AMES, Iowa – Altering tradition, a bucket-bottle calf was included in the champion beef sale last year at the Mississippi Valley Fair. His name was Junior, and he had been donated by a local farmer for special-needs 4-H’ers from the Hearts and Hands club to use for a project.
As the auction bid started, the club leaders, Carol Freund and Karen Bernick, watched in amazement. They were aware that a lot of individuals, and even other 4-H clubs, had pooled together money for the calf, but higher and higher the bid rose, far beyond their expectations, before finally stopping at $4,200.
“Everything got really quiet, and the tears started to roll,” Bernick said. “They were saying ‘we want these kids to be able to do this again. Maybe more can participate.’ Beyond the money, though, it was just a wonderful public statement that our club is important to Scott County 4-H. Carol, the other parents and I were overwhelmed.”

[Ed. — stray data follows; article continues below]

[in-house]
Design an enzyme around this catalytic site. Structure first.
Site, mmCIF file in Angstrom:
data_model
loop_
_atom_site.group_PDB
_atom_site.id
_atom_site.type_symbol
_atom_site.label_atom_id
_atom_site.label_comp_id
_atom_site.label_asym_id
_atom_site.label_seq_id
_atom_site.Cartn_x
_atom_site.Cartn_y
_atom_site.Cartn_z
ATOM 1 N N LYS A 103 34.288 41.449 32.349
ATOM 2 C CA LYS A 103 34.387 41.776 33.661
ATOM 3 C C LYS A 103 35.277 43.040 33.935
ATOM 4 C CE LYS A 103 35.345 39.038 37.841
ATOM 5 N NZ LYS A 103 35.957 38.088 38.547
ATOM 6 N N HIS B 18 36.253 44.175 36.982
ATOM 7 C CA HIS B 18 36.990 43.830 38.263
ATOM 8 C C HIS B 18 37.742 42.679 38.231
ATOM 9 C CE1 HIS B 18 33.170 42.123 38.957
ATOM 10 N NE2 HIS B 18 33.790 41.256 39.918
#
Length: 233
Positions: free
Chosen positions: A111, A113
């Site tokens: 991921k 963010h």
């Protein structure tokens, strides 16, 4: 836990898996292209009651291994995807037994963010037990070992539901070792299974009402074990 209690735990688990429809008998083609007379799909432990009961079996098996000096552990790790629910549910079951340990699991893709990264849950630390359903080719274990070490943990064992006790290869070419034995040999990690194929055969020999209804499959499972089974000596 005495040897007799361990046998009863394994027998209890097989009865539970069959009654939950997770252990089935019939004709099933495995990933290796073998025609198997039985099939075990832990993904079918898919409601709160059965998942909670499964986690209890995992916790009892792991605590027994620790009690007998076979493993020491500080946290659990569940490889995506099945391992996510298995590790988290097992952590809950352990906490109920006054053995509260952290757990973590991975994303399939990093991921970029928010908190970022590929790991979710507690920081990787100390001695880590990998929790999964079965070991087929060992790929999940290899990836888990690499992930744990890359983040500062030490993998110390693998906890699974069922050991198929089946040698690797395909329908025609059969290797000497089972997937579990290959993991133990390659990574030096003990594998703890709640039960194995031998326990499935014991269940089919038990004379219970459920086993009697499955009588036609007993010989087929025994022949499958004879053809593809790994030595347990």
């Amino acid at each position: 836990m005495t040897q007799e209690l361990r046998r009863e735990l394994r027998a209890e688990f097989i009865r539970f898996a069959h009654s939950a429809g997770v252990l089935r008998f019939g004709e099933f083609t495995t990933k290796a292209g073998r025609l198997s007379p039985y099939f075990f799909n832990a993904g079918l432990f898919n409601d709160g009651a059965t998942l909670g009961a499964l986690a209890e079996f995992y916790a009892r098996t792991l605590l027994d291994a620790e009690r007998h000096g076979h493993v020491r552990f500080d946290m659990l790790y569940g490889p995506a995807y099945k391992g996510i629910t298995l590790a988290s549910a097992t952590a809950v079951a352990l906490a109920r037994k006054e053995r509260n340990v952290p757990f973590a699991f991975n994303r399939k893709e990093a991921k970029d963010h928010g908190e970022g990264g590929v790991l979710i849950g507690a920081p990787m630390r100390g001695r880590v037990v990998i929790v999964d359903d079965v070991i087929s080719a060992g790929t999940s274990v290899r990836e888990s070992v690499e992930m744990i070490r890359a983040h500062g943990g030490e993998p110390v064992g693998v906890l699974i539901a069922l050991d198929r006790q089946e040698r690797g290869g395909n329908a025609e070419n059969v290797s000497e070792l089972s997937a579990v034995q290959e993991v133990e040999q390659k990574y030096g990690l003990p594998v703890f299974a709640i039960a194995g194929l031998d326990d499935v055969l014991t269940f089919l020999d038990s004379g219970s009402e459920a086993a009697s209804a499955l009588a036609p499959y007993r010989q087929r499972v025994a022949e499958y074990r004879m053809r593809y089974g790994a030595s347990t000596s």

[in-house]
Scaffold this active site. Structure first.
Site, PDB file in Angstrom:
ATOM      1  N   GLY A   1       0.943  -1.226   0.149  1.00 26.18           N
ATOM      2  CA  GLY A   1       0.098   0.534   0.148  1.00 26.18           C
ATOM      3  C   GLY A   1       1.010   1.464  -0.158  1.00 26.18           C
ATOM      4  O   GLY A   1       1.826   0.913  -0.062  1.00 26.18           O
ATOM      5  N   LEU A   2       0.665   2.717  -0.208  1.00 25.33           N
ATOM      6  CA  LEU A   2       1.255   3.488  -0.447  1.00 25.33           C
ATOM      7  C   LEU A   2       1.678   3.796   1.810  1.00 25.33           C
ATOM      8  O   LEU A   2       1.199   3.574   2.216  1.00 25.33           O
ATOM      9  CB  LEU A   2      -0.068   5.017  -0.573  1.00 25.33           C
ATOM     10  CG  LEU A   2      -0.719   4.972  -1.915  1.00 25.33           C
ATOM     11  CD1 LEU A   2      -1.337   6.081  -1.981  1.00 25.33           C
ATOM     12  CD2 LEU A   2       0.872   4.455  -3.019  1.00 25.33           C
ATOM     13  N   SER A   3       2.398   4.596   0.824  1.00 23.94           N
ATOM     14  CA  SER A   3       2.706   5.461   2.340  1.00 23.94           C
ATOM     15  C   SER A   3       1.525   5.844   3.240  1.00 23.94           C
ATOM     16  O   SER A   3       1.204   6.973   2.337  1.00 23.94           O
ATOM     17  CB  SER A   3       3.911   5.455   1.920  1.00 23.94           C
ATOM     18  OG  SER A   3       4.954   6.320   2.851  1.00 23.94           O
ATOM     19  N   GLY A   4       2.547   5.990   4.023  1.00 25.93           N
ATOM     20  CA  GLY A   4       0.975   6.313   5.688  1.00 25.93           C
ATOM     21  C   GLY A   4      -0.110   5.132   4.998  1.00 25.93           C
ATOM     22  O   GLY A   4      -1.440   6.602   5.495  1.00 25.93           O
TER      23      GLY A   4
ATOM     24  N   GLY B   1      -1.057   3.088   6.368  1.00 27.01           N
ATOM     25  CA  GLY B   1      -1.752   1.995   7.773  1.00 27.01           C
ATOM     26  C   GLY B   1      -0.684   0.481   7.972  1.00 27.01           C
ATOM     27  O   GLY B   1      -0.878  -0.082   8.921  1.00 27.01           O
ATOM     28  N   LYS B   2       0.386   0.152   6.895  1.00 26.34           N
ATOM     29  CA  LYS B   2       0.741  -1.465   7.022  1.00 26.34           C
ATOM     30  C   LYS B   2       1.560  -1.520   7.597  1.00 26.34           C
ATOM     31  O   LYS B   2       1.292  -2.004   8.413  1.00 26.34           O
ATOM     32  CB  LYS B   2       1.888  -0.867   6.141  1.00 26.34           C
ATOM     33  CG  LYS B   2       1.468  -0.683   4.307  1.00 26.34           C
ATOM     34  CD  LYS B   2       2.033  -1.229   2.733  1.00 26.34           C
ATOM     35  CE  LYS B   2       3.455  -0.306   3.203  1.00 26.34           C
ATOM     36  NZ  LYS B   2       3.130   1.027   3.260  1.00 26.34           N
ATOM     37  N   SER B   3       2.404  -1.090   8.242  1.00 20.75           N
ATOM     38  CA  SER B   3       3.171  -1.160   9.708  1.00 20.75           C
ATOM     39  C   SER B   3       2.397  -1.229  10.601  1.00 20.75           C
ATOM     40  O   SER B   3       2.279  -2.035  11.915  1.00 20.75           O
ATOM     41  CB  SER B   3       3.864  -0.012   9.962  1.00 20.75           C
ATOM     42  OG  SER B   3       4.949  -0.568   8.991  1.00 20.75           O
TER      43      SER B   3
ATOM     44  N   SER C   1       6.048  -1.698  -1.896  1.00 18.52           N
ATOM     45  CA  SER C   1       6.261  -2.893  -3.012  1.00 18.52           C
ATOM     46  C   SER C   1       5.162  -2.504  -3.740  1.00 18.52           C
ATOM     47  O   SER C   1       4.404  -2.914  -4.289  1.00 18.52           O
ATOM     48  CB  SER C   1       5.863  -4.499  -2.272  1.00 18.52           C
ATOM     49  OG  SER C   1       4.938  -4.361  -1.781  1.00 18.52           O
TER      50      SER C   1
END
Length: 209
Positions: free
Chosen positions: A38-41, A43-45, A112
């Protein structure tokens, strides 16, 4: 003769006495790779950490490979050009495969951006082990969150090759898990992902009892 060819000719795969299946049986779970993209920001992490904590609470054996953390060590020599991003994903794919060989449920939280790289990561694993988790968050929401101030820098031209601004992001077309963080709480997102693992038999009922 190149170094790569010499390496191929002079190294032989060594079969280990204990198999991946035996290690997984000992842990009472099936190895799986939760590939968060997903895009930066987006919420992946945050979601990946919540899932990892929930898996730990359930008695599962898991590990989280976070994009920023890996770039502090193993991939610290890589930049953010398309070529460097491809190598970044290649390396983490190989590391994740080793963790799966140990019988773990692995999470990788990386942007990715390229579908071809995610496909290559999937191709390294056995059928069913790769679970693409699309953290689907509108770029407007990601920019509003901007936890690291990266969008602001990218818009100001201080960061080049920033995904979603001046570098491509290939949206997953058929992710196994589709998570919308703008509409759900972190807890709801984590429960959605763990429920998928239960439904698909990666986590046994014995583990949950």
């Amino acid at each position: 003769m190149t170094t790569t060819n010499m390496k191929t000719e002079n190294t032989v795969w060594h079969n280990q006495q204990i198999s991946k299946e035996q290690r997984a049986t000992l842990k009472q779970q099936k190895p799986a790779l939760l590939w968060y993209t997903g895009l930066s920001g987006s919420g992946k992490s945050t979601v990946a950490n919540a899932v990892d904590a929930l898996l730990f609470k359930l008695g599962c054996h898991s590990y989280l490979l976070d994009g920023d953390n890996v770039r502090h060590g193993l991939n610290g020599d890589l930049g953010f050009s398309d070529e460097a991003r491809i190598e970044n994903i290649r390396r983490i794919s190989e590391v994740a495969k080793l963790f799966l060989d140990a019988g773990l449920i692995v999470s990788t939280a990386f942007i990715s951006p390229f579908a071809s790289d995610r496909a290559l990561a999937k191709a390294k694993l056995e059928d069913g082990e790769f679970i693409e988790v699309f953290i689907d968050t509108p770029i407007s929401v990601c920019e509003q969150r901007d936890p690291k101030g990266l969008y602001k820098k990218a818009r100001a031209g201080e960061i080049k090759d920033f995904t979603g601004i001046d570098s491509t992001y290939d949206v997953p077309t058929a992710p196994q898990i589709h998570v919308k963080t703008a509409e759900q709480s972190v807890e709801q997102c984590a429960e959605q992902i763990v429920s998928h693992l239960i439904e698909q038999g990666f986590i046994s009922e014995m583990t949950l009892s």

The two leaders have been working together since the club began six years ago. Bernick’s daughter Hope had been a member of Clover Kids, but because of her intellectual and physical disabilities from cerebral palsy, Hope’s parents worried she’d get lost in a traditional 4-H club and wondered if it was possible to start one specifically for special needs kids. They got a yes from Iowa State University Extension 4-H Youth Development in Scott County, with Freund agreeing to co-lead, and the club officially began in 2004.
Living the 4-H Motto and Experience
“To me, this club lives the 4-H motto and experience better than any club I’ve ever seen,” said Freund. “They are in it for all the right reasons. They want to learn. They want to make friends. They want to have fun, and they wouldn’t think of complaining.”
The 13-member club meets on the second and fourth Wednesdays of every month in various locations. A neighbor of Freund’s even has opened his shop to use for messy projects like staining garden trellises or pouring cement stepping stones and has donated money for supplies.
On the Wednesday between meetings, the club goes out for dinner. Each member gets a turn to pick a restaurant and then arrives early to let the restaurant know and act as a host. More than just a chance to eat out, though, it provides a social occasion for both the 4-H’ers and their parents and has been a tremendous success.